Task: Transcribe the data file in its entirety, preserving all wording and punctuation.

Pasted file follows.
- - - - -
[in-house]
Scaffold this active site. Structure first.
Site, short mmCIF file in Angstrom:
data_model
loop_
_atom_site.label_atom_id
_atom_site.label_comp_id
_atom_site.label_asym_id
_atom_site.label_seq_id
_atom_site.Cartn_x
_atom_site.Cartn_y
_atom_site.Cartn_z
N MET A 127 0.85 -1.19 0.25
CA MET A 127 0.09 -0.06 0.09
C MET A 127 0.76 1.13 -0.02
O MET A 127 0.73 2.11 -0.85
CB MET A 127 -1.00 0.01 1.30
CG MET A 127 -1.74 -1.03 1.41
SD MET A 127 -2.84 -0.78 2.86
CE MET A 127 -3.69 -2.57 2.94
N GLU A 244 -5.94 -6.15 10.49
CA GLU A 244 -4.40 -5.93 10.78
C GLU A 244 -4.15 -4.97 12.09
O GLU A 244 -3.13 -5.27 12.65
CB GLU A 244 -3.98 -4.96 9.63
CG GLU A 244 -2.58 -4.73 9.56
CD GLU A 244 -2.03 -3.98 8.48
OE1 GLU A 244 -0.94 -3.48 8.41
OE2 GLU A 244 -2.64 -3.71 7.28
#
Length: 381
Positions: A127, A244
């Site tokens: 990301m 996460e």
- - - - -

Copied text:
[in-house]
Scaffold this active site. Structure first.
Site, short mmCIF file in Angstrom:
data_model
loop_
_atom_site.label_atom_id
_atom_site.label_comp_id
_atom_site.label_asym_id
_atom_site.label_seq_id
_atom_site.Cartn_x
_atom_site.Cartn_y
_atom_site.Cartn_z
N MET A 127 0.85 -1.19 0.25
CA MET A 127 0.09 -0.06 0.09
C MET A 127 0.76 1.13 -0.02
O MET A 127 0.73 2.11 -0.85
CB MET A 127 -1.00 0.01 1.30
CG MET A 127 -1.74 -1.03 1.41
SD MET A 127 -2.84 -0.78 2.86
CE MET A 127 -3.69 -2.57 2.94
N GLU A 244 -5.94 -6.15 10.49
CA GLU A 244 -4.40 -5.93 10.78
C GLU A 244 -4.15 -4.97 12.09
O GLU A 244 -3.13 -5.27 12.65
CB GLU A 244 -3.98 -4.96 9.63
CG GLU A 244 -2.58 -4.73 9.56
CD GLU A 244 -2.03 -3.98 8.48
OE1 GLU A 244 -0.94 -3.48 8.41
OE2 GLU A 244 -2.64 -3.71 7.28
#
Length: 381
Positions: A127, A244
């Site tokens: 990301m 996460e």